Long Form, Politics, Static, Uncategorized

12 Things I Learned While Analyzing the Presidential Debates

The Middle Class Wasn’t Always a Big Deal

It wasn’t until recently that the concept of the “Middle Class” became a debate topic for presidential candidates.

And it doesn’t seem to have much to do with stagnant wages:

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Maybe it has something to do with wealth inequality?

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I don’t know. Maybe? But then what happened in 1992? The recession? OK this one I didn’t learn much. I just thought it was interesting. And isn’t that what’s really important?

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But Taxes Were ALWAYS a Big Deal

How we talk about taxes continues to change. But it seems that we have always talked about them. For the past 58 years they have consistently been in the top two most referenced issues in every series of presidential debates




That Said, Trump Did Set a New Low

The Trump/Clinton debates set a record for the reading level of any presidential debate in history. They beat the previous 3-way tie by a full grade level. Needing less than a FULL 5th grade education to understand the debates.

Obama/McCain Raised The Bar in 2008

Obama v McCain s the most advanced vocabulary we’ve seen in 18 years, and the most complex sentence structure we’ve seen in 30 years. What’s more is that the major issues that I accounted for were referenced more than any debate previously televised debate. Ever.


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And then Obama/Romney Went and Lowered the Bar in 2012

Setting a Record for the least complex sentence structure of any debate ever. Even beating out Trump/Clinton for the record.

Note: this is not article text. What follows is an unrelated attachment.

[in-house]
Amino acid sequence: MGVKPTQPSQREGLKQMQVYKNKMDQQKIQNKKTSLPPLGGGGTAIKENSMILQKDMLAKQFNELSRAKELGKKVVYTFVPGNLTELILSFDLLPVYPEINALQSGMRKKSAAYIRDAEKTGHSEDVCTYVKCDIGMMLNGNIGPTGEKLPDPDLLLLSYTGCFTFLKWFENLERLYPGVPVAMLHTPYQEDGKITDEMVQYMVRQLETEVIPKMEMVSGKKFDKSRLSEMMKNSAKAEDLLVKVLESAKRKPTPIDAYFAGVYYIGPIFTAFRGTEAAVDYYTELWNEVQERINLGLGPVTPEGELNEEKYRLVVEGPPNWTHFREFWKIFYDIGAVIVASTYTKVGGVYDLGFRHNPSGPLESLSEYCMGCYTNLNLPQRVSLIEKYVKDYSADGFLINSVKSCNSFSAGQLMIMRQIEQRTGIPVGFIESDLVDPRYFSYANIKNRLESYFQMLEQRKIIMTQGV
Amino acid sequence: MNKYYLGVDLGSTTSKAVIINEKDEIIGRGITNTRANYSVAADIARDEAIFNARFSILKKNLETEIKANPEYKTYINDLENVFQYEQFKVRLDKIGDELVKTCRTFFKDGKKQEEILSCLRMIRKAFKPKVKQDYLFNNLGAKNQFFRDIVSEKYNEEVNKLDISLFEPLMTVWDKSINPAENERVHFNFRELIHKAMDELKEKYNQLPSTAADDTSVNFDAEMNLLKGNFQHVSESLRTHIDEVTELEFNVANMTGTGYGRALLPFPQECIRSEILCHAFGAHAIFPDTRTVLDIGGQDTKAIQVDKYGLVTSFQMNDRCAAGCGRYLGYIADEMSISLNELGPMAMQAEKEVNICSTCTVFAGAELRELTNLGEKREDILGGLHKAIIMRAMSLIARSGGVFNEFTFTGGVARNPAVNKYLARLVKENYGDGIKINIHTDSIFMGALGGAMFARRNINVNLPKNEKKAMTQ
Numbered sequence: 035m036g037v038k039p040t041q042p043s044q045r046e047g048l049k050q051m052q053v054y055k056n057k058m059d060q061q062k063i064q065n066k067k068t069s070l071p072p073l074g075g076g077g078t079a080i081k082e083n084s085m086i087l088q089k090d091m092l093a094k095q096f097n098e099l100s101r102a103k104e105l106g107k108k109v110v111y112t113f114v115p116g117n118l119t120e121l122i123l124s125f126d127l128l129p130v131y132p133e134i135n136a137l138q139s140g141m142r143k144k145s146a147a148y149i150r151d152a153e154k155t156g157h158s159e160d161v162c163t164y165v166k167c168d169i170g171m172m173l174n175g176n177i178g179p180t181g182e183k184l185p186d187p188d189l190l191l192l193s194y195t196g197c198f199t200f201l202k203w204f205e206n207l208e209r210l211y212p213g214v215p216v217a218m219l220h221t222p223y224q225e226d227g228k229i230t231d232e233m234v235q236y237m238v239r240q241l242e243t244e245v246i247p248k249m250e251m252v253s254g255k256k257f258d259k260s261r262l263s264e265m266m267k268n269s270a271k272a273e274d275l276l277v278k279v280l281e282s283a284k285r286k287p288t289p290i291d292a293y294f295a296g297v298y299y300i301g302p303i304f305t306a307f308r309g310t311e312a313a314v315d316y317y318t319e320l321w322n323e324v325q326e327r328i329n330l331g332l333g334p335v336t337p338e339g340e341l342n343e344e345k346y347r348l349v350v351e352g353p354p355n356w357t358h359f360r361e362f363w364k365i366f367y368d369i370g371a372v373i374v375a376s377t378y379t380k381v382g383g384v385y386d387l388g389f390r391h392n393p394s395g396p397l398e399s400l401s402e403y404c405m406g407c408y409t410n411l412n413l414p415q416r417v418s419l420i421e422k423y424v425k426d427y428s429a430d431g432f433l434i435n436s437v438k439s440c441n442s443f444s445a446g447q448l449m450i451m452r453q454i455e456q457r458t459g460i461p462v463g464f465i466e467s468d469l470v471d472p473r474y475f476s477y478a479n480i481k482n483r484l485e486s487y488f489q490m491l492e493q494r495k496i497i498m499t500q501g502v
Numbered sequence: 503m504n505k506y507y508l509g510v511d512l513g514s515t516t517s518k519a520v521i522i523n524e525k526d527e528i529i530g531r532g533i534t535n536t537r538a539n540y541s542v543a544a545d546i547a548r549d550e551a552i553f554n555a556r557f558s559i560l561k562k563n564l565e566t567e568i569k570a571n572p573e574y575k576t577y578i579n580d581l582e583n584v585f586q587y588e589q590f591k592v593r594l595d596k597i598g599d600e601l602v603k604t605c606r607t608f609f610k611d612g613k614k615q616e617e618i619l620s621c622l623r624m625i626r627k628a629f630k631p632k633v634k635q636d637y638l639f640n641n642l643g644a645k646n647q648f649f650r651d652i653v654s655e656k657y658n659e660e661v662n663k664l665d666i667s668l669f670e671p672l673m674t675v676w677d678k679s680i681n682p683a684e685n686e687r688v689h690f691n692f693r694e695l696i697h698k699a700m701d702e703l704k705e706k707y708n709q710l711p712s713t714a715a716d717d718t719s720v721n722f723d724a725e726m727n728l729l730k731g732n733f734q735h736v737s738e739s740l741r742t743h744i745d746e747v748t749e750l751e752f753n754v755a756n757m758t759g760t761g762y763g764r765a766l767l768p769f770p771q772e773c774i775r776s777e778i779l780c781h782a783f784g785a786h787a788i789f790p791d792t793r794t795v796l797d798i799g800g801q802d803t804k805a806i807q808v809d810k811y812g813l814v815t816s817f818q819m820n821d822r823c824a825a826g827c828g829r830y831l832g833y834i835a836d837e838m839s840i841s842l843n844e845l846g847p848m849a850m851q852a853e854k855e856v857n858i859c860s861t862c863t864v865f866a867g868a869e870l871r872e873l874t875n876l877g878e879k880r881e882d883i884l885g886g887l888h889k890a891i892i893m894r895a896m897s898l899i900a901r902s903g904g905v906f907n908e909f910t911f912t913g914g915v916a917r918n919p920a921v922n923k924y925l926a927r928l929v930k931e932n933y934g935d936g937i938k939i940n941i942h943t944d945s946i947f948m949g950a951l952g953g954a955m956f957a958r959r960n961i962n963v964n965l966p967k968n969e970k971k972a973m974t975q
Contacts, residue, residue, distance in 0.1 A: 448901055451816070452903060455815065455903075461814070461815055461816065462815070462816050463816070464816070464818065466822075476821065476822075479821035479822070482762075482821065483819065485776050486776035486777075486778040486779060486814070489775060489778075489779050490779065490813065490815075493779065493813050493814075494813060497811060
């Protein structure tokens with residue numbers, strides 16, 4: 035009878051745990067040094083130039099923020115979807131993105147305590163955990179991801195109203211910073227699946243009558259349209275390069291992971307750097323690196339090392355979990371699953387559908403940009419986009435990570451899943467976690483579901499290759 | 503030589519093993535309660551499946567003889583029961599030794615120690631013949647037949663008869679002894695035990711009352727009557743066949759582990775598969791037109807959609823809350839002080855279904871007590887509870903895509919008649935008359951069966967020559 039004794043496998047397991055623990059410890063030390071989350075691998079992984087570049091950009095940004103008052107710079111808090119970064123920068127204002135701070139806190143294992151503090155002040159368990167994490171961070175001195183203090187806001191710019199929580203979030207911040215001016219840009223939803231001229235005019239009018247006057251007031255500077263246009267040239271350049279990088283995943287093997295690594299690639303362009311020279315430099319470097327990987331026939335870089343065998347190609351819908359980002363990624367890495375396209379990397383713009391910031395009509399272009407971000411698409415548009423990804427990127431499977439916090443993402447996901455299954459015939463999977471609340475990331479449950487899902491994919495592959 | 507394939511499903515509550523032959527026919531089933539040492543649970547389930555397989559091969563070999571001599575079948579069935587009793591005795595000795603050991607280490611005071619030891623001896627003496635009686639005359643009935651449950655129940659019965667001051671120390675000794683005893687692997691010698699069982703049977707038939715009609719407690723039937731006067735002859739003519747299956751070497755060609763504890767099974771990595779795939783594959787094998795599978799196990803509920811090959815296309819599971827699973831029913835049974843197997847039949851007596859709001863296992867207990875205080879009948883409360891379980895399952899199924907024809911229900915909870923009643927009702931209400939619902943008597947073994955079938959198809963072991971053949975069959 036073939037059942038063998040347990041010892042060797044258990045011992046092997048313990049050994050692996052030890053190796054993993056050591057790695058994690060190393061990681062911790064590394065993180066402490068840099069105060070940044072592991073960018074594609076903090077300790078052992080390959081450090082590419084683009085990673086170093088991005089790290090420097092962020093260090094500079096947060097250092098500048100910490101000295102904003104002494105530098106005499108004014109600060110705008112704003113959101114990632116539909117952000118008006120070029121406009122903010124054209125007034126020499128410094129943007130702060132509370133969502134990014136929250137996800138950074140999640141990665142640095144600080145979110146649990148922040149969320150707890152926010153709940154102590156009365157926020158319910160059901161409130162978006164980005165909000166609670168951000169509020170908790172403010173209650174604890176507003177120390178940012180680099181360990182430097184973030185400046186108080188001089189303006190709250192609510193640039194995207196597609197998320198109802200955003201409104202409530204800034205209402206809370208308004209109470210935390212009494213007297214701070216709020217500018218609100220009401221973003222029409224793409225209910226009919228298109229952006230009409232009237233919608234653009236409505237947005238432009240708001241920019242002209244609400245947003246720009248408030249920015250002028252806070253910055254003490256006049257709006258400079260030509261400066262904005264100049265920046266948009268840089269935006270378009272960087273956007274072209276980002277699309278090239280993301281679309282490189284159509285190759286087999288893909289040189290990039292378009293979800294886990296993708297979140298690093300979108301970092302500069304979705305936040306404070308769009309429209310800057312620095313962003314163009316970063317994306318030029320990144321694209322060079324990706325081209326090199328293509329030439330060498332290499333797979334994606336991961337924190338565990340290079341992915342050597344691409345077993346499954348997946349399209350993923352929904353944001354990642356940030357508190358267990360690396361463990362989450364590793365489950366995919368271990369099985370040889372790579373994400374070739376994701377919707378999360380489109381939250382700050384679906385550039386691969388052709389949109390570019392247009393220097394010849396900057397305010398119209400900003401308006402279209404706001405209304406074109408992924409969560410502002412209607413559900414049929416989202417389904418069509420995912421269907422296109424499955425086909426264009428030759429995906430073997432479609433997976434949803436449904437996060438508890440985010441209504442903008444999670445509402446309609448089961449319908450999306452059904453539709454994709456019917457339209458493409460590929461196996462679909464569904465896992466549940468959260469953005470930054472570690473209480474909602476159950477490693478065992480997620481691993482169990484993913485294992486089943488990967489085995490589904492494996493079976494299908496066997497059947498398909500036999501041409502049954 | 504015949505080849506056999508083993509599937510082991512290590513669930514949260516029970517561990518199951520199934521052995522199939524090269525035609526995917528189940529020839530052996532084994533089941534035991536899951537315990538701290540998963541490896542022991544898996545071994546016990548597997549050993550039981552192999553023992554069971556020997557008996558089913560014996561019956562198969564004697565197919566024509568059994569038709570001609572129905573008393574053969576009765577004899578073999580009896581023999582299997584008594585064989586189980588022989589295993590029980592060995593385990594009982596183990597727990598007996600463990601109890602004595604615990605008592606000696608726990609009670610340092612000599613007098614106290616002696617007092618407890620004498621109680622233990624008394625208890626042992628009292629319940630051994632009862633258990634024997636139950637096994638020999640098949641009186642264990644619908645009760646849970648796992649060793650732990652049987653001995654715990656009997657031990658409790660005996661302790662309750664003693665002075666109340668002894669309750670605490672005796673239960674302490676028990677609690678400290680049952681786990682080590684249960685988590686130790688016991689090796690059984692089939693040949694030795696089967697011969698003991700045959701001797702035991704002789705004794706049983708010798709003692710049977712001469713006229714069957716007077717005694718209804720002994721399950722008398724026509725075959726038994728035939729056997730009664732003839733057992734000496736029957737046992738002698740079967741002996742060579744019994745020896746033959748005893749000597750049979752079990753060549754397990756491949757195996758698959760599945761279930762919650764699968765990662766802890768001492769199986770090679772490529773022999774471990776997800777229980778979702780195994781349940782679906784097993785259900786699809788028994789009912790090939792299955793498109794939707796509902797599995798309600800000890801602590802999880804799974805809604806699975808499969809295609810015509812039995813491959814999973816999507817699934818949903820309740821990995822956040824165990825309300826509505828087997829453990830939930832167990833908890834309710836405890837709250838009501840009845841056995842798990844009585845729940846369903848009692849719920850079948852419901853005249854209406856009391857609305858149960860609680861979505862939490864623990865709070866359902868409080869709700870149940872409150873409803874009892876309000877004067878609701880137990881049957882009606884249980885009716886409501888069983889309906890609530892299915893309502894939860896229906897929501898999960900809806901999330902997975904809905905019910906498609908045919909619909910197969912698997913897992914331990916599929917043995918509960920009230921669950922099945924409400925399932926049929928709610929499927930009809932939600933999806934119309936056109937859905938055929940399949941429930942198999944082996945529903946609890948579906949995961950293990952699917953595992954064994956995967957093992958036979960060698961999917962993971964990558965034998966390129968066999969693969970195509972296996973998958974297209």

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Our Role in the Middle East is No Longer Up For Debate

We are no longer at war, but we are now involved in more parts of the middle east than ever. And it seems that this is no longer a point of debate. Just something that we do.




Israel Is Barely Ever Up for Debate

For all of the commotion in the media about how to handle Israel, there really isn’t much of a debate over it in the presidential arena.




But No One Ever Mentions Palestine

Seriously, no one talks about it. Are they scared if they say it three times, it means they recognize it as a country or something?

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But for Some Reason, We Still Bring Up The Soviet Union

Despite a very obvious and reasonable decline in the number of times candidates talk about the Soviet Union


And We Talk about Russia as much as we used to talk about the Soviet Union

The subject of how to handle Russia is now debated just as hotly as how to handle the Soviet Union during the Cold War!!




If Republicans Want To Repeal ObamaCare, and Reform Healthcare, they’re sure scared to Talk About It.

In the years proceeding Healthcare reform, the subject was hotly debated every single election after 1984. The Democrats offered solution after solution. And then Obamacare was enacted and while the debate is still alive, it’s dwindling. And in 2016 health care was referenced in fewer times than any time since 1988. And even that is within a margin of error.


Parsing Debate Speech is Hard

OK this isn’t about the debate speech per say. More about the graphics and the analysis. A lot of work went into them, and I am the first to admit that they aren’t perfect. The candidates can talk about an issue any number of ways, and I have to guess what those ways might be. So if I missed a term, the subject would be under represented.

In the future I would like to write a script that allows me to parse the language by speaker. This isn’t that difficult, but I wanted to see if everyone enjoyed this one. So if you would like to see breakdowns by candidate/ party or anything else you’re interested in, let me know in the comments and I’ll write a follow up article.

Mined Data: Download


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